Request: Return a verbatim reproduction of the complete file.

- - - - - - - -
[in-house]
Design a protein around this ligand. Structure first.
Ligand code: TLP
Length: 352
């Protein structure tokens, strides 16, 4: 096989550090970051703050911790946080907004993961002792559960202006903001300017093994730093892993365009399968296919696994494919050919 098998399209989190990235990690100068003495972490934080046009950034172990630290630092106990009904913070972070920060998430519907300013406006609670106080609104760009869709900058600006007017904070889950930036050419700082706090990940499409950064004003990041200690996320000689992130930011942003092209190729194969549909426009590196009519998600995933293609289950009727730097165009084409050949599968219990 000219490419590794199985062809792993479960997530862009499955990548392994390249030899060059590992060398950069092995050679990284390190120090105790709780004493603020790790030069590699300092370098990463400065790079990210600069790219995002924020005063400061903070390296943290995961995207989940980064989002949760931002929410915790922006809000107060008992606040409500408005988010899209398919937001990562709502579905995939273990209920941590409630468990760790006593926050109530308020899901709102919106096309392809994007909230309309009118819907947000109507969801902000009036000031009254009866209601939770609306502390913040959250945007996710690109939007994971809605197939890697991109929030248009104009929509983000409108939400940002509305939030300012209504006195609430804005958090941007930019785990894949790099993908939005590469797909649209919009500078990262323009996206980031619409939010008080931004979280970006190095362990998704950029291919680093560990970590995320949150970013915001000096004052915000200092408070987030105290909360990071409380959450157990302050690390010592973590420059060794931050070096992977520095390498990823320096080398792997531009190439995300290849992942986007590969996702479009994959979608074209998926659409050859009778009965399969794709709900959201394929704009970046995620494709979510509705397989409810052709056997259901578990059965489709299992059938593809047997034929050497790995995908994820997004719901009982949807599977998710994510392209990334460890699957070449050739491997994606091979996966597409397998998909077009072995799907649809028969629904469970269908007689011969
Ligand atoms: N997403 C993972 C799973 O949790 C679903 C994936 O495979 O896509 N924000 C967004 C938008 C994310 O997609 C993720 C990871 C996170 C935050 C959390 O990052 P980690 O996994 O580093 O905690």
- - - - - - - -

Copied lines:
[in-house]
Design a protein around this ligand. Structure first.
Ligand code: TLP
Length: 352
């Protein structure tokens, strides 16, 4: 096989550090970051703050911790946080907004993961002792559960202006903001300017093994730093892993365009399968296919696994494919050919 098998399209989190990235990690100068003495972490934080046009950034172990630290630092106990009904913070972070920060998430519907300013406006609670106080609104760009869709900058600006007017904070889950930036050419700082706090990940499409950064004003990041200690996320000689992130930011942003092209190729194969549909426009590196009519998600995933293609289950009727730097165009084409050949599968219990 000219490419590794199985062809792993479960997530862009499955990548392994390249030899060059590992060398950069092995050679990284390190120090105790709780004493603020790790030069590699300092370098990463400065790079990210600069790219995002924020005063400061903070390296943290995961995207989940980064989002949760931002929410915790922006809000107060008992606040409500408005988010899209398919937001990562709502579905995939273990209920941590409630468990760790006593926050109530308020899901709102919106096309392809994007909230309309009118819907947000109507969801902000009036000031009254009866209601939770609306502390913040959250945007996710690109939007994971809605197939890697991109929030248009104009929509983000409108939400940002509305939030300012209504006195609430804005958090941007930019785990894949790099993908939005590469797909649209919009500078990262323009996206980031619409939010008080931004979280970006190095362990998704950029291919680093560990970590995320949150970013915001000096004052915000200092408070987030105290909360990071409380959450157990302050690390010592973590420059060794931050070096992977520095390498990823320096080398792997531009190439995300290849992942986007590969996702479009994959979608074209998926659409050859009778009965399969794709709900959201394929704009970046995620494709979510509705397989409810052709056997259901578990059965489709299992059938593809047997034929050497790995995908994820997004719901009982949807599977998710994510392209990334460890699957070449050739491997994606091979996966597409397998998909077009072995799907649809028969629904469970269908007689011969
Ligand atoms: N997403 C993972 C799973 O949790 C679903 C994936 O495979 O896509 N924000 C967004 C938008 C994310 O997609 C993720 C990871 C996170 C935050 C959390 O990052 P980690 O996994 O580093 O905690």